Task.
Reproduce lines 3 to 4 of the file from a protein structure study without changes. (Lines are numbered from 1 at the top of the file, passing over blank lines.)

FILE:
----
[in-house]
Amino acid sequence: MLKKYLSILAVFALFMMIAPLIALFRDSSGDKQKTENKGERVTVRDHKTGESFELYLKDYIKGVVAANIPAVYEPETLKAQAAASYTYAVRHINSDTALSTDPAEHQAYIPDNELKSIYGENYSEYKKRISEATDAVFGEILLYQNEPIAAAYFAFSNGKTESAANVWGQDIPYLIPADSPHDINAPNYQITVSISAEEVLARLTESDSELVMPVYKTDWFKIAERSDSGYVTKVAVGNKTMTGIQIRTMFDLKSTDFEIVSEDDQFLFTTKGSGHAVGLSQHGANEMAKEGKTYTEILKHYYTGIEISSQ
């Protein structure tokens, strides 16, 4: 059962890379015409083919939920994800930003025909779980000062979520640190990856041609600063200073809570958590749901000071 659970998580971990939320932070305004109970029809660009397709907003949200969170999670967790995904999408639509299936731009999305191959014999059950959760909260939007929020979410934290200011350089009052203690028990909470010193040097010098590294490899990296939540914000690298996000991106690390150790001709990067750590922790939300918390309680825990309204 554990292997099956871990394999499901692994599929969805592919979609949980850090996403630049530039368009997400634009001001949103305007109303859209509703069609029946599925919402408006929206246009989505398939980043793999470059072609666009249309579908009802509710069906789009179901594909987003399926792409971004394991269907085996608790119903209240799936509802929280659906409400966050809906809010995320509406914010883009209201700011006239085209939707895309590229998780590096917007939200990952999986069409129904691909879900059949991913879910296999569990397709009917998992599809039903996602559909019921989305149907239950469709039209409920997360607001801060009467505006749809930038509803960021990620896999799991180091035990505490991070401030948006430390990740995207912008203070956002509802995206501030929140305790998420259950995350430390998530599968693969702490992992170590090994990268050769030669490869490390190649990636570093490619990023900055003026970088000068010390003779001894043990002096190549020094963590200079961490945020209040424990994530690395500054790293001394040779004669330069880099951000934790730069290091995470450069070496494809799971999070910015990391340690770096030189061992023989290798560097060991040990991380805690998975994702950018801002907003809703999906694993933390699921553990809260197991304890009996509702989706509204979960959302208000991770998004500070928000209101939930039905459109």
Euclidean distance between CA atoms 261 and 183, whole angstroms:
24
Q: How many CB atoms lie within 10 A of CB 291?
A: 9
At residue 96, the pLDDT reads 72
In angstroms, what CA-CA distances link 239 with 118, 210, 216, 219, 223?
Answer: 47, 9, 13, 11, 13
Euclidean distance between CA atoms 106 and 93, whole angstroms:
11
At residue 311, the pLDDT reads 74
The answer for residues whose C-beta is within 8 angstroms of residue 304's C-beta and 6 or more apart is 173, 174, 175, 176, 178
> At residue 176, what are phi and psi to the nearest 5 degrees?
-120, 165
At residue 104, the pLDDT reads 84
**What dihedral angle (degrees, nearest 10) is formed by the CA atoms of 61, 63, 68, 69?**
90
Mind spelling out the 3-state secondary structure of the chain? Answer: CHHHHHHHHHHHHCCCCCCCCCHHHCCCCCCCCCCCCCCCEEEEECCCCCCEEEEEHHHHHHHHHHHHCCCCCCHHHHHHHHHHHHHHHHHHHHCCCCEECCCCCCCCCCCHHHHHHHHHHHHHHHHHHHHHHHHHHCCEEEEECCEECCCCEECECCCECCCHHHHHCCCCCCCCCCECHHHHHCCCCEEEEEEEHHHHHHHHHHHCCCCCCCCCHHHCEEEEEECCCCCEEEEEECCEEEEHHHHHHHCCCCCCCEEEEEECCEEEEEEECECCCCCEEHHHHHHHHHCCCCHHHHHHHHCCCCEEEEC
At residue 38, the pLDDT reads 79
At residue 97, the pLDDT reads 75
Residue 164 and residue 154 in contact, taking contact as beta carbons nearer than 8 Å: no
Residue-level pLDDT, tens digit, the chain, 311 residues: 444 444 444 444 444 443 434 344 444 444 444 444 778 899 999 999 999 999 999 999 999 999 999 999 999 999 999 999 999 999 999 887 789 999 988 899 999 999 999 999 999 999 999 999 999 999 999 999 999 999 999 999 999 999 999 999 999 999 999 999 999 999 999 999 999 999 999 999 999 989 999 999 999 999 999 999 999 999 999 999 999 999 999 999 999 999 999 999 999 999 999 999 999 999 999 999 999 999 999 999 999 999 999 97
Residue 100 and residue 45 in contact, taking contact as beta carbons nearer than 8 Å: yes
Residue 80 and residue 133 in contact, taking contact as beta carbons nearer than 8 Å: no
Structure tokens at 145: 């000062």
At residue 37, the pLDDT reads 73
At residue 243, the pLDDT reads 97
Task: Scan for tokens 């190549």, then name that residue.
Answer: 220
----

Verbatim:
């Protein structure tokens, strides 16, 4: 059962890379015409083919939920994800930003025909779980000062979520640190990856041609600063200073809570958590749901000071 659970998580971990939320932070305004109970029809660009397709907003949200969170999670967790995904999408639509299936731009999305191959014999059950959760909260939007929020979410934290200011350089009052203690028990909470010193040097010098590294490899990296939540914000690298996000991106690390150790001709990067750590922790939300918390309680825990309204 554990292997099956871990394999499901692994599929969805592919979609949980850090996403630049530039368009997400634009001001949103305007109303859209509703069609029946599925919402408006929206246009989505398939980043793999470059072609666009249309579908009802509710069906789009179901594909987003399926792409971004394991269907085996608790119903209240799936509802929280659906409400966050809906809010995320509406914010883009209201700011006239085209939707895309590229998780590096917007939200990952999986069409129904691909879900059949991913879910296999569990397709009917998992599809039903996602559909019921989305149907239950469709039209409920997360607001801060009467505006749809930038509803960021990620896999799991180091035990505490991070401030948006430390990740995207912008203070956002509802995206501030929140305790998420259950995350430390998530599968693969702490992992170590090994990268050769030669490869490390190649990636570093490619990023900055003026970088000068010390003779001894043990002096190549020094963590200079961490945020209040424990994530690395500054790293001394040779004669330069880099951000934790730069290091995470450069070496494809799971999070910015990391340690770096030189061992023989290798560097060991040990991380805690998975994702950018801002907003809703999906694993933390699921553990809260197991304890009996509702989706509204979960959302208000991770998004500070928000209101939930039905459109």
Euclidean distance between CA atoms 261 and 183, whole angstroms: